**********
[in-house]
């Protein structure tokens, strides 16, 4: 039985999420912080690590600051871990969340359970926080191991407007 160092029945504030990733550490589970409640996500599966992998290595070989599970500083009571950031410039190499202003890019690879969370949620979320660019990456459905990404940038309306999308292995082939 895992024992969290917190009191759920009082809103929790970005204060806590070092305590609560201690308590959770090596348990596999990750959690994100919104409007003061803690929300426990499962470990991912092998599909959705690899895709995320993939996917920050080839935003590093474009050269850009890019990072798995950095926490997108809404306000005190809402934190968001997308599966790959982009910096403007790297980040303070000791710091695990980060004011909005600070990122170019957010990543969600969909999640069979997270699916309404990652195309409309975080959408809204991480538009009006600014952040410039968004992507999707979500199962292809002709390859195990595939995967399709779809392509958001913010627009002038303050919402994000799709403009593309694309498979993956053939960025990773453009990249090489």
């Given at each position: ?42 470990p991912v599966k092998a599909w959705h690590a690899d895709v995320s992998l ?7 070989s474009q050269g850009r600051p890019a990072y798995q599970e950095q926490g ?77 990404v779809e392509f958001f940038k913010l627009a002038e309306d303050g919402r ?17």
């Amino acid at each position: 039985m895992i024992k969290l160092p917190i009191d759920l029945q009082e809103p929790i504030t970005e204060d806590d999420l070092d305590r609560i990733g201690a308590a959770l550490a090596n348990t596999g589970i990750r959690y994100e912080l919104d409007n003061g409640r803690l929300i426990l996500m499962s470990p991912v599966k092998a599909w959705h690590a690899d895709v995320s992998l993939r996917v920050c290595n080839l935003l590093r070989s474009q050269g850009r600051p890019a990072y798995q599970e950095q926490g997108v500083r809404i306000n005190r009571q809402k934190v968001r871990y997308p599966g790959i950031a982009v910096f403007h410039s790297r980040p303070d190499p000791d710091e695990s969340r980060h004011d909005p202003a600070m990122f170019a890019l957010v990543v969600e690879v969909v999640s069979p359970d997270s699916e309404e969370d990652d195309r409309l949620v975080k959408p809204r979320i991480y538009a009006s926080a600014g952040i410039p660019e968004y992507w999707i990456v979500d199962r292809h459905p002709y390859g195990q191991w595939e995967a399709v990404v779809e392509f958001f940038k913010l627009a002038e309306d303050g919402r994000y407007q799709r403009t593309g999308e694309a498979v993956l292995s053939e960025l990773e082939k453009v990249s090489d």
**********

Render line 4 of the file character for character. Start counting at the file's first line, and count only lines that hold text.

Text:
């Amino acid at each position: 039985m895992i024992k969290l160092p917190i009191d759920l029945q009082e809103p929790i504030t970005e204060d806590d999420l070092d305590r609560i990733g201690a308590a959770l550490a090596n348990t596999g589970i990750r959690y994100e912080l919104d409007n003061g409640r803690l929300i426990l996500m499962s470990p991912v599966k092998a599909w959705h690590a690899d895709v995320s992998l993939r996917v920050c290595n080839l935003l590093r070989s474009q050269g850009r600051p890019a990072y798995q599970e950095q926490g997108v500083r809404i306000n005190r009571q809402k934190v968001r871990y997308p599966g790959i950031a982009v910096f403007h410039s790297r980040p303070d190499p000791d710091e695990s969340r980060h004011d909005p202003a600070m990122f170019a890019l957010v990543v969600e690879v969909v999640s069979p359970d997270s699916e309404e969370d990652d195309r409309l949620v975080k959408p809204r979320i991480y538009a009006s926080a600014g952040i410039p660019e968004y992507w999707i990456v979500d199962r292809h459905p002709y390859g195990q191991w595939e995967a399709v990404v779809e392509f958001f940038k913010l627009a002038e309306d303050g919402r994000y407007q799709r403009t593309g999308e694309a498979v993956l292995s053939e960025l990773e082939k453009v990249s090489d």